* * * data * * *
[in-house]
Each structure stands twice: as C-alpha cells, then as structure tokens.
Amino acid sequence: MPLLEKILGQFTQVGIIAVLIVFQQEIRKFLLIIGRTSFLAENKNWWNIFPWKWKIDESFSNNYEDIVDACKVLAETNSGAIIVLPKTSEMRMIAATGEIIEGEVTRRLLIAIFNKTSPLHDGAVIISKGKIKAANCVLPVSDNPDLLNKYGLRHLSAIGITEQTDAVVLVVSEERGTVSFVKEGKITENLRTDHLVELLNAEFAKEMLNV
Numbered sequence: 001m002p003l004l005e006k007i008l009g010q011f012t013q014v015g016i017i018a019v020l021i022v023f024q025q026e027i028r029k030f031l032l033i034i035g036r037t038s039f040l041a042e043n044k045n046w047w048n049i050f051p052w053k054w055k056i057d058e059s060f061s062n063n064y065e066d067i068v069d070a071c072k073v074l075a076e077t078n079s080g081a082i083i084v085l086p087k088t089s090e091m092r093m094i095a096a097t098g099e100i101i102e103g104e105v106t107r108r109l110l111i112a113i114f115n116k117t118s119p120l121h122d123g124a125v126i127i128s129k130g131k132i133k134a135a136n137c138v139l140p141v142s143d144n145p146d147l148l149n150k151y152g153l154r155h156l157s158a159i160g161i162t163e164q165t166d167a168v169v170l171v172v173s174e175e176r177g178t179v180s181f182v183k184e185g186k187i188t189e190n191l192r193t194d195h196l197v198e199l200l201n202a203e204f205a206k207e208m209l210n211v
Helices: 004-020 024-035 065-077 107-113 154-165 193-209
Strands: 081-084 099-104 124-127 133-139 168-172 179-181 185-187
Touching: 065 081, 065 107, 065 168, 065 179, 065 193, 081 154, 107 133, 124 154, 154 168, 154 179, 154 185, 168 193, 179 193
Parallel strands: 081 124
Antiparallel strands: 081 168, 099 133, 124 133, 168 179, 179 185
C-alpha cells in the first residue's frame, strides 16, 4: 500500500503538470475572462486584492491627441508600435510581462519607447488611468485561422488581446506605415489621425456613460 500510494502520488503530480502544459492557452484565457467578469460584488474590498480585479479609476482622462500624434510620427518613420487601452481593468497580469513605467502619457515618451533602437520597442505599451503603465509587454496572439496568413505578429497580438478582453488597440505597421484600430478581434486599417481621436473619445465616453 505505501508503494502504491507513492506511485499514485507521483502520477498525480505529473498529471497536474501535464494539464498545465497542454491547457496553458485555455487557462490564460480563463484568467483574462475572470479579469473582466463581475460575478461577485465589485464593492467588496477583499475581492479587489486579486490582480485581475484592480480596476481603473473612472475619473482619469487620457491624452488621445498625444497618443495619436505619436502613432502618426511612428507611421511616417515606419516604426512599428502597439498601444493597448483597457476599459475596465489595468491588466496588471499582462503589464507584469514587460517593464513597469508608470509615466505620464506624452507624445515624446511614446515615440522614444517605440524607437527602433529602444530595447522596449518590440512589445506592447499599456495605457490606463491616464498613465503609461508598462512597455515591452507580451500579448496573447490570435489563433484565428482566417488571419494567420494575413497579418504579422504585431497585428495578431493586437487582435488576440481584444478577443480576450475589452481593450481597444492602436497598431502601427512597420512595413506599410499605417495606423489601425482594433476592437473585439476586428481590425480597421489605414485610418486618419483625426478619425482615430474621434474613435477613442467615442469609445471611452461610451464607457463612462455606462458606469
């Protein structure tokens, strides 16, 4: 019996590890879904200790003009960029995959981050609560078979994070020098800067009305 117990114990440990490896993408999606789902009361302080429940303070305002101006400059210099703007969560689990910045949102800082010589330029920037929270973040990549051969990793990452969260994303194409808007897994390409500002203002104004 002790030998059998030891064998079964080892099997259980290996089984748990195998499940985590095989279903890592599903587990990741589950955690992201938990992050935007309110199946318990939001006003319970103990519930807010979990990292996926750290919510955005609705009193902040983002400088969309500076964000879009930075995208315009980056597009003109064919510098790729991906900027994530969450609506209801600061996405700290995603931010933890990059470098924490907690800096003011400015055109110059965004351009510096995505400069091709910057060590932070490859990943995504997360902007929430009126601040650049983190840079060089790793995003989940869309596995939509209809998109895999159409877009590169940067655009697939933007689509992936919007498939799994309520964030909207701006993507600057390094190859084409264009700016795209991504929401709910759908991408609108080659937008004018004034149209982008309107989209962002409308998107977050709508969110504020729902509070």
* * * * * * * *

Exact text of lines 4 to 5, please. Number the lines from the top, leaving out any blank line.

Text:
Numbered sequence: 001m002p003l004l005e006k007i008l009g010q011f012t013q014v015g016i017i018a019v020l021i022v023f024q025q026e027i028r029k030f031l032l033i034i035g036r037t038s039f040l041a042e043n044k045n046w047w048n049i050f051p052w053k054w055k056i057d058e059s060f061s062n063n064y065e066d067i068v069d070a071c072k073v074l075a076e077t078n079s080g081a082i083i084v085l086p087k088t089s090e091m092r093m094i095a096a097t098g099e100i101i102e103g104e105v106t107r108r109l110l111i112a113i114f115n116k117t118s119p120l121h122d123g124a125v126i127i128s129k130g131k132i133k134a135a136n137c138v139l140p141v142s143d144n145p146d147l148l149n150k151y152g153l154r155h156l157s158a159i160g161i162t163e164q165t166d167a168v169v170l171v172v173s174e175e176r177g178t179v180s181f182v183k184e185g186k187i188t189e190n191l192r193t194d195h196l197v198e199l200l201n202a203e204f205a206k207e208m209l210n211v
Helices: 004-020 024-035 065-077 107-113 154-165 193-209